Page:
NL: Megan's so plastic, and the stereotypical image of the cheerleader is so plastic. This world that they've been thrown into, this rehab center, is so plasticized. Graham is really the only one who is not. Megan is not really plastic either; she's just kind of a naive good girl. Meeting someone as raw and as real as Graham is really intense for Megan. Meeting someone as naive and real, in the sense of being unknowing, as Megan is real for Graham. That's probably why they connect as people.
PlanetOut: I thought that the make-out scene was really authentic. The kissing, all the intimacy, was very believable. I think that's a real point in a lot of queer films where they either really mean it, and they're really good at what they do, as far as acting is concerned, or they're really uncomfortable, and it shows through. Was there any awkwardness approaching that scene for you, or did you just go for it?
CD: I think there definitely was some. It was a little awkward, but I think it was supposed to be, because it is such an awkward thing at first. The first time you're really truly intimate with another person it's so intense ...
JB: Especially when you're so young ...
CD: You don't know what to do with yourself. You're just, like, five years old again, and you're the most vulnerable thing in the world. That was the most important thing for me to show, because it's ... [pause] ... because it's the truth.
NL: And for Graham, you know, this big talker, like she's been around so much ...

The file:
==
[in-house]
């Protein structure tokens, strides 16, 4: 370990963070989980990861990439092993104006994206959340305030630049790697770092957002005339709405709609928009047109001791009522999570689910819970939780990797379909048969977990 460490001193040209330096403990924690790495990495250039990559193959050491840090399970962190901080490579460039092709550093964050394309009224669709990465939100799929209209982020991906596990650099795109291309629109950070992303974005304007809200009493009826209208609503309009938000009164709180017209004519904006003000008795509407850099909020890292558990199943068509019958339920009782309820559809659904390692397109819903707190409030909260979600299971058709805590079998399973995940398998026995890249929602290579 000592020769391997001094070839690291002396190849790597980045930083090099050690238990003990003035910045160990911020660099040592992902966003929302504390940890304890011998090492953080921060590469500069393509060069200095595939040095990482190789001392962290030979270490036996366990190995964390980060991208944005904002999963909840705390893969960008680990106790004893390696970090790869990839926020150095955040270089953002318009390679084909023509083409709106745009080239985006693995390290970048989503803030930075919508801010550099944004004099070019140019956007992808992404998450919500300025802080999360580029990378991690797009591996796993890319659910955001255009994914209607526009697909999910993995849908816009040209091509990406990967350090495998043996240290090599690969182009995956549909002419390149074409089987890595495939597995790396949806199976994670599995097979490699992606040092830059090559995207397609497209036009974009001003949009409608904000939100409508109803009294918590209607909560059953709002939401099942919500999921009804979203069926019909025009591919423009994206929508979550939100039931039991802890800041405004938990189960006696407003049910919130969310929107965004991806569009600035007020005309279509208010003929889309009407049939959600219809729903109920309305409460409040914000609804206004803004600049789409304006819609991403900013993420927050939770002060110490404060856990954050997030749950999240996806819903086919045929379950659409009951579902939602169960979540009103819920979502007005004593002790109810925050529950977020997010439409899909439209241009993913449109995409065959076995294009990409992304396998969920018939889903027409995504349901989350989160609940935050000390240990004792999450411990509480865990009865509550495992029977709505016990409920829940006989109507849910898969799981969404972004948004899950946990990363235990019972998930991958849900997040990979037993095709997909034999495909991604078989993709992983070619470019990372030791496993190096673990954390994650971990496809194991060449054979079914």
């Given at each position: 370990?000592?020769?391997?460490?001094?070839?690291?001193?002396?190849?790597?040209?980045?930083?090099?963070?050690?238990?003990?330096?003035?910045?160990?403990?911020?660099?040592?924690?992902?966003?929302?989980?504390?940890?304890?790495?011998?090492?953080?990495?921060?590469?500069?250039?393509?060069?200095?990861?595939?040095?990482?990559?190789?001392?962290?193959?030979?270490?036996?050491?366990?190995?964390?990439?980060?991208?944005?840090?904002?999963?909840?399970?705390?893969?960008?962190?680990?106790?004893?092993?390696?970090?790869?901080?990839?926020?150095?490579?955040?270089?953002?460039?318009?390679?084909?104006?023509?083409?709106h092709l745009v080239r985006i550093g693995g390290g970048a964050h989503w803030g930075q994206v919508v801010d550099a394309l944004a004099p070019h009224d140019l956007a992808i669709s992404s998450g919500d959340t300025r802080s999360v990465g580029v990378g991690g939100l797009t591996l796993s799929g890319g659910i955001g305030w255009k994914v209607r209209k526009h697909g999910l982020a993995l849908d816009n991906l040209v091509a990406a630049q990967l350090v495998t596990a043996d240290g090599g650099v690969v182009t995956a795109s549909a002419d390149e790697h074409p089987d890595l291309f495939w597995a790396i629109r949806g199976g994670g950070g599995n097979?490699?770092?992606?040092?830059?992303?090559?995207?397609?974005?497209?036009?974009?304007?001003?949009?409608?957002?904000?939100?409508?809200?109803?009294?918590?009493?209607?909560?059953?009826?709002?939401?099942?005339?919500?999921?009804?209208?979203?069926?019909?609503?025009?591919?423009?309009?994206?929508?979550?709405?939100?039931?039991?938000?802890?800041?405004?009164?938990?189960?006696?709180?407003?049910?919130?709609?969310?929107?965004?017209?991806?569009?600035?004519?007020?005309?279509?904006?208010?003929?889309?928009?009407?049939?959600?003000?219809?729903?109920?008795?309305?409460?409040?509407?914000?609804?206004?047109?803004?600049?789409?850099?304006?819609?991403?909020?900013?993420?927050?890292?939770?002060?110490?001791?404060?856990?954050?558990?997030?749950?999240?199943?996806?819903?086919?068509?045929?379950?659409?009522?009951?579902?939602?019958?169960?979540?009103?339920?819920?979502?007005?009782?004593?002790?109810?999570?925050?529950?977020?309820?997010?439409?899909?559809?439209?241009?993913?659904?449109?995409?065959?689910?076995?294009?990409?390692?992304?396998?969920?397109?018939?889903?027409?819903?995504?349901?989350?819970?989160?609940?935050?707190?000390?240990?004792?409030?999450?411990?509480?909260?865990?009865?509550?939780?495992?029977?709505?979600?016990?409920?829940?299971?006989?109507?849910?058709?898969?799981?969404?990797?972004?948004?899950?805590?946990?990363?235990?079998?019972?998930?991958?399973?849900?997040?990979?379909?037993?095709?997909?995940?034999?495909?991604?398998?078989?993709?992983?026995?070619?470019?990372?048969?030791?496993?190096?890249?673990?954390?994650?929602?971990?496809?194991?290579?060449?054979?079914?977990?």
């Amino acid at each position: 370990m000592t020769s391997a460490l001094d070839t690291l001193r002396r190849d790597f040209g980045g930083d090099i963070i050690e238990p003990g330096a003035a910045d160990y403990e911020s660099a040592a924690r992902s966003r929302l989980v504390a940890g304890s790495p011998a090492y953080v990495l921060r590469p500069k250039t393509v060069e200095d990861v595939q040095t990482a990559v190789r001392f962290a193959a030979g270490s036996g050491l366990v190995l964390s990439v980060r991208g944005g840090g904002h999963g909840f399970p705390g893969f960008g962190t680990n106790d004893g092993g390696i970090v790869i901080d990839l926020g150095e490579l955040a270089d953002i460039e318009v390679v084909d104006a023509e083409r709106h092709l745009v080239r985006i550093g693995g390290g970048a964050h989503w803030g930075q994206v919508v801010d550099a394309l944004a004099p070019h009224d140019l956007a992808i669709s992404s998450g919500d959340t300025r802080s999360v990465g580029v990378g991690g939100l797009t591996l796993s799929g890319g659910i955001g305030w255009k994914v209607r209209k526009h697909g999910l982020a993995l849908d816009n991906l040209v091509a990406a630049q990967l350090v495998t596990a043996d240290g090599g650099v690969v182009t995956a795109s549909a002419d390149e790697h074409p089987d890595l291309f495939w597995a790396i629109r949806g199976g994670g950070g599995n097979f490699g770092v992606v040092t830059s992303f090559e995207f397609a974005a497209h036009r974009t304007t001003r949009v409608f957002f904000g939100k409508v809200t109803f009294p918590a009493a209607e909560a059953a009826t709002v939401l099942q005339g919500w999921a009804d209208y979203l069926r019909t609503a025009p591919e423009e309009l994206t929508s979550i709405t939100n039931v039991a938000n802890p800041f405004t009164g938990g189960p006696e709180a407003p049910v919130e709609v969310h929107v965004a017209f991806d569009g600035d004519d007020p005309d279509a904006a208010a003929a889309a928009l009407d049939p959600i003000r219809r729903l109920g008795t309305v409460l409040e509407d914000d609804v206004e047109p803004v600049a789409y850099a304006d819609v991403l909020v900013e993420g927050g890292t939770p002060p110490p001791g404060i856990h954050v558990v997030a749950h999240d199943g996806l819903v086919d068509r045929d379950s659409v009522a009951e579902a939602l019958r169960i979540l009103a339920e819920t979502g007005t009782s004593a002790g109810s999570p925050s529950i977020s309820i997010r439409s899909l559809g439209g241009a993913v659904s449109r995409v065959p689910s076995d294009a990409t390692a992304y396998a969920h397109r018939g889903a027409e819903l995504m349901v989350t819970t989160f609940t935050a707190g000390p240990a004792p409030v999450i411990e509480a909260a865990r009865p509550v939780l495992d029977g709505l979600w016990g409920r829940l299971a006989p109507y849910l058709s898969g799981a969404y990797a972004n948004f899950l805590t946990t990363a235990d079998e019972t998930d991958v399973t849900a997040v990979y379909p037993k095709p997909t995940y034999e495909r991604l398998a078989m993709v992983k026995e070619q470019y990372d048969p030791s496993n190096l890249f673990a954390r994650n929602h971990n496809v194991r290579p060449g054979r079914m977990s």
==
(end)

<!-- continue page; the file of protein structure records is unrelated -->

JB: She has been more around than Megan ...
NL: Megan is a virgin, but Graham, who talks big, probably never had a real, intimate love.
JB: She might have fucked, but she never liked anyone and had sex with them.
NL: She probably got fucked, but this was probably, in a real screwy sort of way, the first time. And certainly the first time for Megan, because she was grossed out kissing guys and she didn't know why. And so we kind of felt it should be awkward. It was a little awkward for me and Clea, because we're friends. Even though I did want to jump her bones ...
NL: ... you know. They held me back.
JB: We held her back.
CD: Not very well.
JB: That's not true. It was very clean. But also it was a pretty closed set. It was just me, Natasha, Clea, the D.P. [director of photography] and the A.C. [assistant cinematographer], and that was it. That helped, too.
PlanetOut: Well, I think this is a really excellent example of queer film in an area that hasn't been covered before. This film is going to provide a lot of visual representation for an audience that maybe hasn't found that before. So, congratulations on your work with this film.